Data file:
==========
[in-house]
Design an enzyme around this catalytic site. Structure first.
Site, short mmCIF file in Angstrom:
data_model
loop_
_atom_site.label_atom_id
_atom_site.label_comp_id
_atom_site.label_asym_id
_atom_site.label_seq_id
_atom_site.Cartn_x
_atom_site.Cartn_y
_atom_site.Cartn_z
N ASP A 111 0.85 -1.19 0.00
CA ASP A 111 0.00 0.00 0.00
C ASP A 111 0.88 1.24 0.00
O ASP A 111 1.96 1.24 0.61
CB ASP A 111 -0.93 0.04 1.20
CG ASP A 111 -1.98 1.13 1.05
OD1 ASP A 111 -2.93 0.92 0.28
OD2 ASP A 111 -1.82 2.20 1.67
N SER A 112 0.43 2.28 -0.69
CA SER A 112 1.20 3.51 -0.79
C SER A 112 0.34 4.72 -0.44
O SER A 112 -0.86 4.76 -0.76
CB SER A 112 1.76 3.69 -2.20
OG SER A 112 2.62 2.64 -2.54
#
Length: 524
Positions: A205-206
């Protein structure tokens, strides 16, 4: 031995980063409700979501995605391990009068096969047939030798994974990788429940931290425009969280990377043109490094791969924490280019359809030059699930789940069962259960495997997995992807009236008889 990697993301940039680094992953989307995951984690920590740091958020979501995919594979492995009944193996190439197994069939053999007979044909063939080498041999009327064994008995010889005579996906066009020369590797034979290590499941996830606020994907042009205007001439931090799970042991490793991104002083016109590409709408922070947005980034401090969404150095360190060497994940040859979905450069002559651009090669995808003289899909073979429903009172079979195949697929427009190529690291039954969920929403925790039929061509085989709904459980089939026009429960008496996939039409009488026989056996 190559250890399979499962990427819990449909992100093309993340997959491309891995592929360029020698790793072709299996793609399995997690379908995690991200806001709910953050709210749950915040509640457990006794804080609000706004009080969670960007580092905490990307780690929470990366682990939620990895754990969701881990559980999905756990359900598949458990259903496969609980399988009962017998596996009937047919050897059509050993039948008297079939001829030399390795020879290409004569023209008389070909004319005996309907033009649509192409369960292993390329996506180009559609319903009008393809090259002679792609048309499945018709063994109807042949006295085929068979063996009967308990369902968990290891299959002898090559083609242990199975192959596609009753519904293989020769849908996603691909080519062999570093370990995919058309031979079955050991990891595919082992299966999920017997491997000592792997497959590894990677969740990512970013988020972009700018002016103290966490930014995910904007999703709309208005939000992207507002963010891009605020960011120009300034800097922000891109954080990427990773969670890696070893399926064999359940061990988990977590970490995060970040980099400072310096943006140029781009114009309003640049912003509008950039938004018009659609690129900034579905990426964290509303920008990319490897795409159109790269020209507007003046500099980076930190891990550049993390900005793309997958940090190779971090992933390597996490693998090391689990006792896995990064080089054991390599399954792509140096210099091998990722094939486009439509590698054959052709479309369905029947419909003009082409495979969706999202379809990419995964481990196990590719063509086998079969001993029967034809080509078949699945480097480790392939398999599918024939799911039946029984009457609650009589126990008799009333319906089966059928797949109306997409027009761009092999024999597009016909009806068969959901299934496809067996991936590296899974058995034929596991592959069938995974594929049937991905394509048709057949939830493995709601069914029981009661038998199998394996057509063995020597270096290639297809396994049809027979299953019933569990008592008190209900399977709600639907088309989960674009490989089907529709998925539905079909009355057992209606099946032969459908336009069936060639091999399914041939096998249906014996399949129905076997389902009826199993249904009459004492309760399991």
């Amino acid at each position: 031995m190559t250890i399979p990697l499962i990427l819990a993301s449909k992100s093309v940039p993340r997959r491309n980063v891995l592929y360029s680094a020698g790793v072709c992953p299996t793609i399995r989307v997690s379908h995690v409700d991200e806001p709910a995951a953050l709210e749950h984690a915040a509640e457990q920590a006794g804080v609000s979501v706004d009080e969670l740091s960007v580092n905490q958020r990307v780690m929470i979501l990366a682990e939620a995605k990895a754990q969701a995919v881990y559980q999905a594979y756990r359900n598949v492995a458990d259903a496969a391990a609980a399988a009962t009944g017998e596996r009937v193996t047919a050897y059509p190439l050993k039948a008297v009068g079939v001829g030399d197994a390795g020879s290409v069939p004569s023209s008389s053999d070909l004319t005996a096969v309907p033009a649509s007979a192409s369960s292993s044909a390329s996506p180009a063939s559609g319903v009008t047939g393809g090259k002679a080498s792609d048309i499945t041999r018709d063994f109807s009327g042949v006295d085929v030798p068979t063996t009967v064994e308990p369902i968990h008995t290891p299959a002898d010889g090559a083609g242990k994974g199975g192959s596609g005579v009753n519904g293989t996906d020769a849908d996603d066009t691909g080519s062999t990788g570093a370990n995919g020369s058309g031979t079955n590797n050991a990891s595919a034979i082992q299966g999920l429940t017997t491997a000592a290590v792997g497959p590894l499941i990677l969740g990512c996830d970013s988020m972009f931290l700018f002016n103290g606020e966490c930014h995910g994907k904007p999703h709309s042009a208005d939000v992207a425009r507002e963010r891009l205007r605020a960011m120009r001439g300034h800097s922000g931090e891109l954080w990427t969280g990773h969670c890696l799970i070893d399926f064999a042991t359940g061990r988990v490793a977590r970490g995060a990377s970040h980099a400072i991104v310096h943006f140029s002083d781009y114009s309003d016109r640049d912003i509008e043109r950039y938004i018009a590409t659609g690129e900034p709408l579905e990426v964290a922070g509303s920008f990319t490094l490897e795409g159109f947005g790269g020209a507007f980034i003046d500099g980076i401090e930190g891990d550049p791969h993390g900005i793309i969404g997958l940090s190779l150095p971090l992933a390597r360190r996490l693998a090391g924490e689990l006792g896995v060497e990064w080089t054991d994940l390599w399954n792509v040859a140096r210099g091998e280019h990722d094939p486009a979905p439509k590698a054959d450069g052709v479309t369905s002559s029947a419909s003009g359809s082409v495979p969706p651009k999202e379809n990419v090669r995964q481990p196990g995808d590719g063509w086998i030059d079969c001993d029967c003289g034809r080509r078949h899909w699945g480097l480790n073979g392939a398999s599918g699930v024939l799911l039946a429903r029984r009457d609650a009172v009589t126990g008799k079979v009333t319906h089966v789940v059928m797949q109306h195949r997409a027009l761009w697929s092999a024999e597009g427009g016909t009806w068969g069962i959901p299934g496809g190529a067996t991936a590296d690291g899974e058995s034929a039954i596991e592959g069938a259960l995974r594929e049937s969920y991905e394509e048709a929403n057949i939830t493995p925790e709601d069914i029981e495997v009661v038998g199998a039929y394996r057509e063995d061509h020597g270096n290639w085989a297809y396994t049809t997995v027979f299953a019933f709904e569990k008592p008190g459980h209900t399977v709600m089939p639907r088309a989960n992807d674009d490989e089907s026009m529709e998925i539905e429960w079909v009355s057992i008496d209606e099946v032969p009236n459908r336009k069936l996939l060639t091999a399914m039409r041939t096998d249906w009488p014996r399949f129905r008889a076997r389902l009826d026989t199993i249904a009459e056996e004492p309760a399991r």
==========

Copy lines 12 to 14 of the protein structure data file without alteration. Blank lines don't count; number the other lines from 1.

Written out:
_atom_site.Cartn_z
N ASP A 111 0.85 -1.19 0.00
CA ASP A 111 0.00 0.00 0.00